soap-detergent sprays for phytotoxicity will not be controlled.
problems on a small area a day or two Environmental factors also can affect
before an extensive area is treated. use of soaps. In particular, soaps (but
Plant injury can be reduced by using not synthetic detergents) are affected by
sprays that are diluted more than the 2 to the presence of minerals found in hard
3 percent suggested on label instructions. water, which results in chemical changes
To reduce leaf injury, wash plants within producing insoluble soaps (soap scum).
a couple of hours after the application. Control decreases if hard-water sources are
Limiting the number of soap applications used. Insecticidal soaps may also be more
can also be important, as leaf damage can effective if drying is not overly rapid, such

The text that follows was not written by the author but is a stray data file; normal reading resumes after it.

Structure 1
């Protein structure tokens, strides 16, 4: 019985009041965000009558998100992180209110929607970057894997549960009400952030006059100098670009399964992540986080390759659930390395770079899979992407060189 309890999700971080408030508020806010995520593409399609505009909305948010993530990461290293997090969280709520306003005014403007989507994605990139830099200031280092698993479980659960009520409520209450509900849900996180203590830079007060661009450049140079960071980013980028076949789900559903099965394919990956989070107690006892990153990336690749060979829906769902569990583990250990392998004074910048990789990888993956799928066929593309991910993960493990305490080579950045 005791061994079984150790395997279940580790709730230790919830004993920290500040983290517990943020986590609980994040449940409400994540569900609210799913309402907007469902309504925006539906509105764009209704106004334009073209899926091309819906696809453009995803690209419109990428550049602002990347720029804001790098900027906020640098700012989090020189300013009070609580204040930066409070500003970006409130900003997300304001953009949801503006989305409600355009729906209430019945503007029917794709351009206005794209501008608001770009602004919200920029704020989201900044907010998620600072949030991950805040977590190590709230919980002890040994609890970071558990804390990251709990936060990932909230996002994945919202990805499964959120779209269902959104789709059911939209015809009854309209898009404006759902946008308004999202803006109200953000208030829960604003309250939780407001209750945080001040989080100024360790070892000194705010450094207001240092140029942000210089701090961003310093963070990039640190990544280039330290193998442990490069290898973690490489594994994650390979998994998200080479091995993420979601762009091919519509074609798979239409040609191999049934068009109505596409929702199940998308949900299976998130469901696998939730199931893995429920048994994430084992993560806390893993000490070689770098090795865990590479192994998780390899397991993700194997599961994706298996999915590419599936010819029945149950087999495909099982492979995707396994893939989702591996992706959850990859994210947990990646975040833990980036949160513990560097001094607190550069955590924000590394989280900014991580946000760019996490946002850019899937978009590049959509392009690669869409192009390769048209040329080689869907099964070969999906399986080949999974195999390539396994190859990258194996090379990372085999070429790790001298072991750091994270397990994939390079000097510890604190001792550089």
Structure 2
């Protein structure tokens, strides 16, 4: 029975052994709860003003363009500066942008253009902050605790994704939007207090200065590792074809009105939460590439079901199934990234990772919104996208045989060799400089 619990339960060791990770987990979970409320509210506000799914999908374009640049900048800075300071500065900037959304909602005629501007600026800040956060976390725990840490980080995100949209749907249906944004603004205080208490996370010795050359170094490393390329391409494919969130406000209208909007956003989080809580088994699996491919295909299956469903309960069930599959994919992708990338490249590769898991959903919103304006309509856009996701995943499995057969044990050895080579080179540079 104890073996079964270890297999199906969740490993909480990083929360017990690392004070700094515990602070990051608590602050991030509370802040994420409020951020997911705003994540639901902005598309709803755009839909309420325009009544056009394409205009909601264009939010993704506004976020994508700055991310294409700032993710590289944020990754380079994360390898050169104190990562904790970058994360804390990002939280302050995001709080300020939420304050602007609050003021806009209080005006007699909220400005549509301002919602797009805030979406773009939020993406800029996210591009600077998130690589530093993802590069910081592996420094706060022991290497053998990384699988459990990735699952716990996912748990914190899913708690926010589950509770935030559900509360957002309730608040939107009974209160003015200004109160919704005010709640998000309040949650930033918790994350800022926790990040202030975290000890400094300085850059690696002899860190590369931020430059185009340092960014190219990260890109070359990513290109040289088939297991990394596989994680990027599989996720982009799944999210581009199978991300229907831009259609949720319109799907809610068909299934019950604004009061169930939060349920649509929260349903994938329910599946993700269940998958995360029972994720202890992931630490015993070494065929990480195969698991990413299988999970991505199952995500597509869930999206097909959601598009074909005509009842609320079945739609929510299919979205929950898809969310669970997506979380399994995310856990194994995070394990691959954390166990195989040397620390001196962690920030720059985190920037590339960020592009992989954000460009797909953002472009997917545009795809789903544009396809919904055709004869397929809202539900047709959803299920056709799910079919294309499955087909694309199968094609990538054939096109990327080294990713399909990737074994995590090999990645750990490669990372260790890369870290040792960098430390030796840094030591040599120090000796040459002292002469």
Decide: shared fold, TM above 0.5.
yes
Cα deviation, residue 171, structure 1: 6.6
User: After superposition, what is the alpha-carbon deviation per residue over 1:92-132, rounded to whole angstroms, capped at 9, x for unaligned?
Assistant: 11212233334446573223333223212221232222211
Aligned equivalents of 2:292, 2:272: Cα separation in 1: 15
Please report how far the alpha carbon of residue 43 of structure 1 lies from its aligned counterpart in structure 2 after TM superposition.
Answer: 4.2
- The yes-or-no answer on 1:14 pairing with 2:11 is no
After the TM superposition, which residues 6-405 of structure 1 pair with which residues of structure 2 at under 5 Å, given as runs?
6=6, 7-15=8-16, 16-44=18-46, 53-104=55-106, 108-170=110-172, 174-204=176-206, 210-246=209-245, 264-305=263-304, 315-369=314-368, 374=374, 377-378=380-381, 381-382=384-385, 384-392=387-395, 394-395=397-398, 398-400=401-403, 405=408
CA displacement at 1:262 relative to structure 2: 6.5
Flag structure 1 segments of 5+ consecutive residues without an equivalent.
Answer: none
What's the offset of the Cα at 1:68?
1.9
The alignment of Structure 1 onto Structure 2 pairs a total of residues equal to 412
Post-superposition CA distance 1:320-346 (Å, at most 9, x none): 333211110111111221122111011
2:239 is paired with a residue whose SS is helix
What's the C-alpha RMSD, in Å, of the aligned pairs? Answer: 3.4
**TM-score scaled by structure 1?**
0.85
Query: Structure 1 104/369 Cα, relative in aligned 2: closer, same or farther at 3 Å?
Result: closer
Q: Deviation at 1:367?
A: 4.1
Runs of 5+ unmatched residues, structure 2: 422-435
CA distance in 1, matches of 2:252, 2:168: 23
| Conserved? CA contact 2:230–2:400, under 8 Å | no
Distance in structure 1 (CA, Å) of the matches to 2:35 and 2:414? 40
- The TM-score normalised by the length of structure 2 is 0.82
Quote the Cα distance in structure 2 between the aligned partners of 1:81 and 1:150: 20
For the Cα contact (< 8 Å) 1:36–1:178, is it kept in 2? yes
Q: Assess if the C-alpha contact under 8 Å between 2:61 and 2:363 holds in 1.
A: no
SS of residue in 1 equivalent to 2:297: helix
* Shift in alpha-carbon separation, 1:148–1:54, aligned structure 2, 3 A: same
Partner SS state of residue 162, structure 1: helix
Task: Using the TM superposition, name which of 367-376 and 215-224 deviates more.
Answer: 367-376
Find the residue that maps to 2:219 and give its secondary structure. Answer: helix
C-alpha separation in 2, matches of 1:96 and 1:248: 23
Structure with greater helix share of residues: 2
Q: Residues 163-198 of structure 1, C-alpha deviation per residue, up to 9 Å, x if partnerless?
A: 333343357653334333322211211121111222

accumulate with repeated exposure. as early or late in the day.
However, because of the short residual Soaps and detergents can offer a
action, repeat applications may be needed relatively safe and easy means to control
at relatively short intervals (four to seven many insect pests. As with all pesticides,
days) to control certain pests, such as spider however, there are limitations and hazards
mites and scale crawlers. Also, application associated with their use. Understand
must be thorough and completely wet these limitations, and carefully follow all
the pest. This usually means spraying label instructions.

Colorado State University, U.S. Department of


Agriculture and Colorado counties cooperating.
CSU Extension programs are available to all without
discrimination. No endorsement of products mentioned
is intended nor is criticism implied of products not
mentioned.